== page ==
Preliminary agreement would give Jones $36.2 million

NASHVILLE, Tenn. -- Andruw Jones is following Joe Torre to
the Los Angeles Dodgers.

The Gold Glove center fielder and the Dodgers reached a
preliminary agreement Wednesday night on a $36.2 million, two-year
contract that gives him the fifth-highest average salary in the
major leagues.

"We're thrilled to get a player of his caliber," Dodgers
general manager Ned Colletti said Thursday morning. "His desire to
be in L.A. was a huge component in this."

Colletti said Jones likely would undergo a physical exam Tuesday
in Los Angeles.

Jones, the former Atlanta star who has won 10 straight Gold
Gloves, is coming off one of the worst offensive seasons of his
career. But if he rebounds, he could give the Dodgers a desperately
needed boost in the middle of the lineup. He must pass a physical
for the deal to be completed, a person familiar with the
negotiations said, speaking on condition of anonymity because no
announcement had been made.

A five-time All-Star, Jones will receive a $12.2 million signing
bonus, of which $5.1 million is payable next year, $2.1 million in
2009 and $5 million in 2010. He will get salaries of $9 million
next year and $15 million in 2009, and also will receive a no-trade

His agreement with the Dodgers was first reported by the Los
Angeles Times on its Web site.

Scott Boras, his agent, wouldn't confirm the agreement but
sounded as if a deal had fallen into place.

"Being on a competitive team was a very, very important part of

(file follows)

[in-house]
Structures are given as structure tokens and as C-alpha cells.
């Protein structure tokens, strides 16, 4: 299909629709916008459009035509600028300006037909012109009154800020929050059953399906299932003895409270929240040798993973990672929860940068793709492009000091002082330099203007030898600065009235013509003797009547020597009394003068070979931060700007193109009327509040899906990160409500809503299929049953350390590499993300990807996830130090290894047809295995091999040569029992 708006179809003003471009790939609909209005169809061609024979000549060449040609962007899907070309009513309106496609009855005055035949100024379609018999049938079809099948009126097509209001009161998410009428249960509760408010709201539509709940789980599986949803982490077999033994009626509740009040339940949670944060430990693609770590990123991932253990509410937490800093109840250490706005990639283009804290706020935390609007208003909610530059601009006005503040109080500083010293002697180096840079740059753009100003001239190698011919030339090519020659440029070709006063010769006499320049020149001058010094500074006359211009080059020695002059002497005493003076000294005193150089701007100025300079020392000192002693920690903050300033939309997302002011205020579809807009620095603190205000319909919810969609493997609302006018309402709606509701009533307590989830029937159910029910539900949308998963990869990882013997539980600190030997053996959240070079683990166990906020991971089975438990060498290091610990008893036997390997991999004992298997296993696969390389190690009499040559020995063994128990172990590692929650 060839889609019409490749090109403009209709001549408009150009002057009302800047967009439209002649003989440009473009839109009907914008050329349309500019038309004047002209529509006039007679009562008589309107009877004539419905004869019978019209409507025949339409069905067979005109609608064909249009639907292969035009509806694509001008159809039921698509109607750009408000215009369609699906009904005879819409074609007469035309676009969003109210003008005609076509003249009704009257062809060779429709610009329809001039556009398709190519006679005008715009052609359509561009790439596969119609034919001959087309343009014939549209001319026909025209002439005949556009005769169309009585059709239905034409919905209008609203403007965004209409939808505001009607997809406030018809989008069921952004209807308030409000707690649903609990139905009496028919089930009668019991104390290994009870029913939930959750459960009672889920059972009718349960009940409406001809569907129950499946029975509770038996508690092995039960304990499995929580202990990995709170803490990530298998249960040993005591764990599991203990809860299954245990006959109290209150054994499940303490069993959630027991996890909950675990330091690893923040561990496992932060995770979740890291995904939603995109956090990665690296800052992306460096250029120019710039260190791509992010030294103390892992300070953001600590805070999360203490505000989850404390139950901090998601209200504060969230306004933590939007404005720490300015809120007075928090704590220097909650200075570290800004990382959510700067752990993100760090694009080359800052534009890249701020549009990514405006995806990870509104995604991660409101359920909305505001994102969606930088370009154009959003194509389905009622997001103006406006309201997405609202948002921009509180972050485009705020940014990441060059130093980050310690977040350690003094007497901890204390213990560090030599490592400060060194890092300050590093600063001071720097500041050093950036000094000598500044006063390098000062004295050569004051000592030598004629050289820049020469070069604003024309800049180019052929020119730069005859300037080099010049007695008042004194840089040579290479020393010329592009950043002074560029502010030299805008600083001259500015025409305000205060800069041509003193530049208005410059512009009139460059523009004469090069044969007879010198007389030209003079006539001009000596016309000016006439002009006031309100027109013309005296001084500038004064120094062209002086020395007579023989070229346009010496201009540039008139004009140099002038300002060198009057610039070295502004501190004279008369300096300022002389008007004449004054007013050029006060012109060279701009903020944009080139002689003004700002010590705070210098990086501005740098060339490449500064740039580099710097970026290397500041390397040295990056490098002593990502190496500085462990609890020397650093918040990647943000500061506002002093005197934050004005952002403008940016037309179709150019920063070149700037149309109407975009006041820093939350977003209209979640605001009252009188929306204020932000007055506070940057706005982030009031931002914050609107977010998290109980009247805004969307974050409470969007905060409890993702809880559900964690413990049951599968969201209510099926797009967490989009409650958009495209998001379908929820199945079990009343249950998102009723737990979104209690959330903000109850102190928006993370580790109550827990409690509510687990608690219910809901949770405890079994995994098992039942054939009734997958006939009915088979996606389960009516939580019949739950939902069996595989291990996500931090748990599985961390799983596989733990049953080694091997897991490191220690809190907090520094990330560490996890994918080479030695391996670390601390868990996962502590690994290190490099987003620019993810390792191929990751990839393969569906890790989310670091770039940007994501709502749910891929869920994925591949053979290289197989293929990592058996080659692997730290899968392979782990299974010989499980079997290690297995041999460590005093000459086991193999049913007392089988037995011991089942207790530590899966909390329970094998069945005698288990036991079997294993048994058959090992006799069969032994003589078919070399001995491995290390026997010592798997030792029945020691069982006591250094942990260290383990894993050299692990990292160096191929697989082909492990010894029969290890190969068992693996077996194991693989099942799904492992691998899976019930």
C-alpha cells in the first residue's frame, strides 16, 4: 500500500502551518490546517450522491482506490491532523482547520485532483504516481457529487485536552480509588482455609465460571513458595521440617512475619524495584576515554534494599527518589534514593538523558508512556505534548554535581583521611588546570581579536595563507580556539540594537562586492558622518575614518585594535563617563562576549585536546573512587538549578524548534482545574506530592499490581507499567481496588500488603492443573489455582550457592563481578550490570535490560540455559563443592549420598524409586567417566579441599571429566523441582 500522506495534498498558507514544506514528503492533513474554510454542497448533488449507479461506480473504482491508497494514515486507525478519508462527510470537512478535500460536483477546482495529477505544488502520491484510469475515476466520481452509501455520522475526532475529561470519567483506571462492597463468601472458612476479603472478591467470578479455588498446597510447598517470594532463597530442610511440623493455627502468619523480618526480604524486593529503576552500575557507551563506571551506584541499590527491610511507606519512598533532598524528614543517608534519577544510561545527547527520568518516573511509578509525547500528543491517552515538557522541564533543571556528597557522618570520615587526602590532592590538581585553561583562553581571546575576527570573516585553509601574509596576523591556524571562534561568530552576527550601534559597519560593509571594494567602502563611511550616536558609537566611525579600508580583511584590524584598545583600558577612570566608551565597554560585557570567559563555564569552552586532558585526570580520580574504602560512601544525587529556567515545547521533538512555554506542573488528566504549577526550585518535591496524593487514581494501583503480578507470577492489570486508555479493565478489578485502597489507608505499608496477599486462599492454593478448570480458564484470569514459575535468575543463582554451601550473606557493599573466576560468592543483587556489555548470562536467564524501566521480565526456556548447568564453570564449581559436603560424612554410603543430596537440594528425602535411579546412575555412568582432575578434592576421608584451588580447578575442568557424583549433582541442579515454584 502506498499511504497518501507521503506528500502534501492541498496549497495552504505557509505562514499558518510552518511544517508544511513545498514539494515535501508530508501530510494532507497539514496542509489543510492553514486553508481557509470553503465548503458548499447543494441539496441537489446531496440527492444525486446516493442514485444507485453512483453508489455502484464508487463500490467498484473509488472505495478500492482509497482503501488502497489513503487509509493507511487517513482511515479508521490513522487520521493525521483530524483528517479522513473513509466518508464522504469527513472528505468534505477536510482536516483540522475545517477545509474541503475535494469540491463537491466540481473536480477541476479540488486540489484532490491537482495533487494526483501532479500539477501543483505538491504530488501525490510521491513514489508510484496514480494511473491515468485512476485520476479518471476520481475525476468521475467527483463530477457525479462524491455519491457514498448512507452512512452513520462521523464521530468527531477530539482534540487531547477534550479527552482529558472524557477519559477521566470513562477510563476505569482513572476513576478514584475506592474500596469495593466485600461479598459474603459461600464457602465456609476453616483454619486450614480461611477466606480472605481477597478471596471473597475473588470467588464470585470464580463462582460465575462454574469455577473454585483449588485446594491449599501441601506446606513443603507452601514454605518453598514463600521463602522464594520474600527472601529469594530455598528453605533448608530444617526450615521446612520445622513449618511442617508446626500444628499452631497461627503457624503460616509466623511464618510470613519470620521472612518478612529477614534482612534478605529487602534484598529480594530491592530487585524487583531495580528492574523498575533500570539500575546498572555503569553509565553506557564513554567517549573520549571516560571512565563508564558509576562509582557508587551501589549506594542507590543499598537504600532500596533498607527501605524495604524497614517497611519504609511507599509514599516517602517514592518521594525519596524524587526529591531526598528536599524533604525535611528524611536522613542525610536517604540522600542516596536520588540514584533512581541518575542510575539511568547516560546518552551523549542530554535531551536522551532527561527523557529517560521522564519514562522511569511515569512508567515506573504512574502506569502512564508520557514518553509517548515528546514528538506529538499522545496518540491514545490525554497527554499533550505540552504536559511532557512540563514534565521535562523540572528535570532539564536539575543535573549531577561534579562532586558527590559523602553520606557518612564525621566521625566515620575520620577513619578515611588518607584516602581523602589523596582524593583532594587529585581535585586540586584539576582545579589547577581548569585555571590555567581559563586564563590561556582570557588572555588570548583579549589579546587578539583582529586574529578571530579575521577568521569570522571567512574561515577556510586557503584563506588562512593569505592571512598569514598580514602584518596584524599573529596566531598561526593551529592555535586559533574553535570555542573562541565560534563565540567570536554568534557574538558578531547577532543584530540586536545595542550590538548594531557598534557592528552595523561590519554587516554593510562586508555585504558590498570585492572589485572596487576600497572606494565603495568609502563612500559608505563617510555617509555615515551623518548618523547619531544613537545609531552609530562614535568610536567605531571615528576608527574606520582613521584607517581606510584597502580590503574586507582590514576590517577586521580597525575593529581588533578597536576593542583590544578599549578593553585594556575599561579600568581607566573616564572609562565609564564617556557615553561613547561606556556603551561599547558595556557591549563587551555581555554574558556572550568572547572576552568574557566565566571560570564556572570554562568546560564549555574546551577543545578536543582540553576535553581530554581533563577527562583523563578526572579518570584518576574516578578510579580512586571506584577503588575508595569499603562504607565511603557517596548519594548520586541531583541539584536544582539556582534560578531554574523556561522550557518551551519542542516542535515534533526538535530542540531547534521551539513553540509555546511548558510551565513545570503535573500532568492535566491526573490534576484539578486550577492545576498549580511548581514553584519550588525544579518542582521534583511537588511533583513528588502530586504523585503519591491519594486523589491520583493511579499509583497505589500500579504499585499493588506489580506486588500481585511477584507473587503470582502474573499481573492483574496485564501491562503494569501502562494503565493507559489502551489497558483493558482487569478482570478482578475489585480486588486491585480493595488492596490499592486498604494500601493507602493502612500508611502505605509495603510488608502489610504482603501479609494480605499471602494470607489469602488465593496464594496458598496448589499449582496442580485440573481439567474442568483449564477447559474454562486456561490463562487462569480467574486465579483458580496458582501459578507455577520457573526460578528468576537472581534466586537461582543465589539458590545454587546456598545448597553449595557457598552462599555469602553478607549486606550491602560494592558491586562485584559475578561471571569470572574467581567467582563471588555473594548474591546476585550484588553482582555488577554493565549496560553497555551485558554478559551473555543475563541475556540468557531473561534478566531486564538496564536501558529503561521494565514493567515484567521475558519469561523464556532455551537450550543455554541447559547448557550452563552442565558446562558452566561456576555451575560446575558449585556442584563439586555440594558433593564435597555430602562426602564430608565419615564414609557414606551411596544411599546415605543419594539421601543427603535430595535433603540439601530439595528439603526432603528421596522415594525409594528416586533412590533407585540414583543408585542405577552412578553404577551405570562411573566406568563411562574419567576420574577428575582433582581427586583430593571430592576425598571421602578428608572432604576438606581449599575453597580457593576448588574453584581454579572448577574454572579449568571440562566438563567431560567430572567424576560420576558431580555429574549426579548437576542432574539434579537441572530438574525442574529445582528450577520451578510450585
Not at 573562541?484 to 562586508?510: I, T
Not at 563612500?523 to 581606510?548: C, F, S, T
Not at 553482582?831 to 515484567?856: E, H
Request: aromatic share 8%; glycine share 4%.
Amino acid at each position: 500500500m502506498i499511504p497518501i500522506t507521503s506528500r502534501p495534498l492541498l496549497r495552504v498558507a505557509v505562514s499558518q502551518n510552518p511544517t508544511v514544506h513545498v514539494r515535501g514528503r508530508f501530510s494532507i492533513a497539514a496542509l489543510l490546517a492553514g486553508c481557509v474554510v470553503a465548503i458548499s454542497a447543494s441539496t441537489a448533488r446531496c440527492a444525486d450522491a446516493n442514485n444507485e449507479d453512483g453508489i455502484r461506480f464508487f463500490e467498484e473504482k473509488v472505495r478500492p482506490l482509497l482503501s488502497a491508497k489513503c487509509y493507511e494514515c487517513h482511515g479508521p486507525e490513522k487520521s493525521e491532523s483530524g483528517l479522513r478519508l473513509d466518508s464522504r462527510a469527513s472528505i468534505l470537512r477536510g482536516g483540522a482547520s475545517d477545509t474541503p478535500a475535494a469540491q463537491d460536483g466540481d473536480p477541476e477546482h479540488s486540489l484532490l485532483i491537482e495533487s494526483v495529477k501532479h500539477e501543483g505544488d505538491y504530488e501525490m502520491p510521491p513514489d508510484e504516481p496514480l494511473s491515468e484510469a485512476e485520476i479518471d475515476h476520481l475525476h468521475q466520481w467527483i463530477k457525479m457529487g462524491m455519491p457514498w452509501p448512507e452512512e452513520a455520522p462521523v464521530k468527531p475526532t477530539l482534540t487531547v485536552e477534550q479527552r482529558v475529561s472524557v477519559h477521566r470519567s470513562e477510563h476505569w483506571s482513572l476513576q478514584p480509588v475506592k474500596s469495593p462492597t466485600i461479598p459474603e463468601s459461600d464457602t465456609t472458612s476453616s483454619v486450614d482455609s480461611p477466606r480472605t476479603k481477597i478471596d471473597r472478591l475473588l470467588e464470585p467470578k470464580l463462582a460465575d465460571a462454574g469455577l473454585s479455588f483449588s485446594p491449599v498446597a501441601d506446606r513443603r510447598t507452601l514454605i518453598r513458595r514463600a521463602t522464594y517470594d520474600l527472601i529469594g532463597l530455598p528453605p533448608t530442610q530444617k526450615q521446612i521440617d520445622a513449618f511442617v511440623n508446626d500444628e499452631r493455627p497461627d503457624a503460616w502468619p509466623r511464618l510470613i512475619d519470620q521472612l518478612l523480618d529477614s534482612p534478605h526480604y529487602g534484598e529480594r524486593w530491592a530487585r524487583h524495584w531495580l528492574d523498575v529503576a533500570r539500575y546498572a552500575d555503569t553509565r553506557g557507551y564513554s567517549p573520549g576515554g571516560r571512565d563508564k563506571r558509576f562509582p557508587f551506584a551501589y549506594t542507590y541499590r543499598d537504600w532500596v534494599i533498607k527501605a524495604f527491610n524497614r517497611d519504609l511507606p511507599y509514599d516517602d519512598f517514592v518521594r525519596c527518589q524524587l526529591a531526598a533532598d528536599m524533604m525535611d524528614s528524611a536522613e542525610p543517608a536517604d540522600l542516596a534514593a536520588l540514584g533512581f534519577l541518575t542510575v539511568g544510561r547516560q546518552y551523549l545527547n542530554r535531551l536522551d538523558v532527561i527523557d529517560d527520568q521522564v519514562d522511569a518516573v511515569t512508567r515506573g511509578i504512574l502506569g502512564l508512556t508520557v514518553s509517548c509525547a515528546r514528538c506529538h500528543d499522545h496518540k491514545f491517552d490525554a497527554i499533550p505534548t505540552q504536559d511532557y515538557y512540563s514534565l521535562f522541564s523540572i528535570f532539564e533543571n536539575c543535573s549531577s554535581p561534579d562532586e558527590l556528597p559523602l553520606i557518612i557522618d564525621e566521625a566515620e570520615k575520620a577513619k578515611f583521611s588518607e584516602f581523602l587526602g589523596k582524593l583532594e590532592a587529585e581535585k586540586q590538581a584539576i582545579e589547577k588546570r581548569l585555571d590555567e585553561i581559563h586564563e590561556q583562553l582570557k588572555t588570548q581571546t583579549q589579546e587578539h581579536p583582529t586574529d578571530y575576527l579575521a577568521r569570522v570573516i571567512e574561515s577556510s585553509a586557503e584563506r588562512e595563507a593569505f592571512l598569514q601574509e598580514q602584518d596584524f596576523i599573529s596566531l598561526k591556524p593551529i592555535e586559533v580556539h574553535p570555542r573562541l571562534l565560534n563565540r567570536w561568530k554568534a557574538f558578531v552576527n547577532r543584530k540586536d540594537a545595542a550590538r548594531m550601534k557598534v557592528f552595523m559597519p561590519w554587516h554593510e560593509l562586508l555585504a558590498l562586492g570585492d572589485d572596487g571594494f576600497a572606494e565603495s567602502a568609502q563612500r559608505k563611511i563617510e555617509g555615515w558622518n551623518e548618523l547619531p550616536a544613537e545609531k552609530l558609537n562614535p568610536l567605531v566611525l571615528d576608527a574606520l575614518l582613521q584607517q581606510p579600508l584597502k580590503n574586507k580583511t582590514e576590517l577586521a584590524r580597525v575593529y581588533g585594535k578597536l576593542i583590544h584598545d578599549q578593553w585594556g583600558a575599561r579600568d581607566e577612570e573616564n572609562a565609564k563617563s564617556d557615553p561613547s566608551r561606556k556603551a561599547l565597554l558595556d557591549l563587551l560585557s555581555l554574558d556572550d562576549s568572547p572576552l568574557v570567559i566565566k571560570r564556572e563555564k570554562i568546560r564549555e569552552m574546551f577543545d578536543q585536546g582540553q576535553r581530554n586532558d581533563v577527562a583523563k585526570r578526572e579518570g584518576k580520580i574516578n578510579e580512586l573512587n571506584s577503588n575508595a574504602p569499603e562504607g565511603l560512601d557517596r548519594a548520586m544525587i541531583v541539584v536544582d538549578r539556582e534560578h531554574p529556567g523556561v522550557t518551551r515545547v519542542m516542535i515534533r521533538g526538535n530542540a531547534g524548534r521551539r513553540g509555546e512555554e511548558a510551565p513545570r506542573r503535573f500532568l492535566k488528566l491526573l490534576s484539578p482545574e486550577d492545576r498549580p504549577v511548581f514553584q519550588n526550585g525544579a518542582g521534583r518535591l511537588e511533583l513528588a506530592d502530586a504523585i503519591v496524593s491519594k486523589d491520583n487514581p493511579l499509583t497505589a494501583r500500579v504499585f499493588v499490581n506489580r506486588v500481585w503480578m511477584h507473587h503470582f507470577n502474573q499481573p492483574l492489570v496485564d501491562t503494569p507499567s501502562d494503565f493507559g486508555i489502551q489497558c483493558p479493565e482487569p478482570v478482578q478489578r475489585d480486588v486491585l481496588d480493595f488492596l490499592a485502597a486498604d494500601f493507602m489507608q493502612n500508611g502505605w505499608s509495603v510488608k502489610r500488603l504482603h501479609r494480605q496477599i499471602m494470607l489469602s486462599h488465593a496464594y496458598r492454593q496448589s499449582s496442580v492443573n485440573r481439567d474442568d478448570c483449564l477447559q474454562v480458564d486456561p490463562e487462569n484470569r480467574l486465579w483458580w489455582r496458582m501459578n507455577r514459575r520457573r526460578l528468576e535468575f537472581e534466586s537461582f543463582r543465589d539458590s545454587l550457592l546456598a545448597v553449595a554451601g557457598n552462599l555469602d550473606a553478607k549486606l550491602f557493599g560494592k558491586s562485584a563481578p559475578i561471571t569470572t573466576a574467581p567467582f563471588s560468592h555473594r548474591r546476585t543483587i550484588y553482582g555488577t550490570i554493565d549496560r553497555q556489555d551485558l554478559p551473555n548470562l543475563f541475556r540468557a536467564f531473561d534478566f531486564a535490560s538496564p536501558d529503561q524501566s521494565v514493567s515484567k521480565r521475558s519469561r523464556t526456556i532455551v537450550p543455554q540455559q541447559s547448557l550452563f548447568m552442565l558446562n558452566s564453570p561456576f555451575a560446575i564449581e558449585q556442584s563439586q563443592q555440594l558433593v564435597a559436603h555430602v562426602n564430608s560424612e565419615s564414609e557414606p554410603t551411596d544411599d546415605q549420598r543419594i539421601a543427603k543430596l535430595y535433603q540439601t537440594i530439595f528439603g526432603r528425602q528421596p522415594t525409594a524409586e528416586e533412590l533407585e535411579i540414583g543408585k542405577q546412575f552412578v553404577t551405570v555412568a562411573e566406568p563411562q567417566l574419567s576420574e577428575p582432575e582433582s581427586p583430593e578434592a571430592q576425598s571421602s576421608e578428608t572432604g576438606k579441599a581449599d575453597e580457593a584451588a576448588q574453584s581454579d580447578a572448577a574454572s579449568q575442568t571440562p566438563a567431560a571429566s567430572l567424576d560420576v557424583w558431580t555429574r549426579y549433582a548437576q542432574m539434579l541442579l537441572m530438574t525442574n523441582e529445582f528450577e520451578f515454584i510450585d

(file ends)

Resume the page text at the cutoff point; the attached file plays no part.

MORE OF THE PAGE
his process," he said.

Jones hit .222 this season, his lowest average since he batted
.217 in 106 at-bats as a rookie in 1996. His 26 home runs were his
fewest since 1997. He drove in 94 runs for the Braves, but finished
with a paltry .311 on-base percentage.

Had Jones finished with big numbers, he likely would have sought
a longer-term agreement. Boras said there were really only two
options when it came to length.

"Very, very long-term or very, very short term," he said.
"Nothing in between."

Jones didn't consider a one-year contract.

"I wouldn't put a player in that position, mainly because [he]
just went through that," Boras said. "That was never an option."

Jones is a .263 career hitter with 368 home runs and 1,117 RBIs.
He was runner-up for the NL MVP award in 2005, when he had 51
homers and 128 RBIs. The following season he hit 41 home runs with
a career-high 129 RBIs.

He made $13.5 million this year, the final season of a five-year
contract. The Braves made no effort to re-sign him.

Jones' $18.1 million average salary trails only those of the
Yankees' Alex Rodriguez ($27.5 million), Boston's Manny Ramirez
($20 million), the Yankees' Derek Jeter ($18.9 million), and the
Cubs' Carlos Zambrano ($18.3 million).

Adding Jones was the first major move for Los Angeles since
Torre replaced Grady Little as manager on Nov. 1. Jones will get a
chance to work with Don Mattingly, who followed Torre to the
Dodgers and became hitting coach.

Light-hitting Juan Pierre, who had been in center field, could
switch to left -- potentially reducing playing time for Matt Kemp or
Andre Ethier.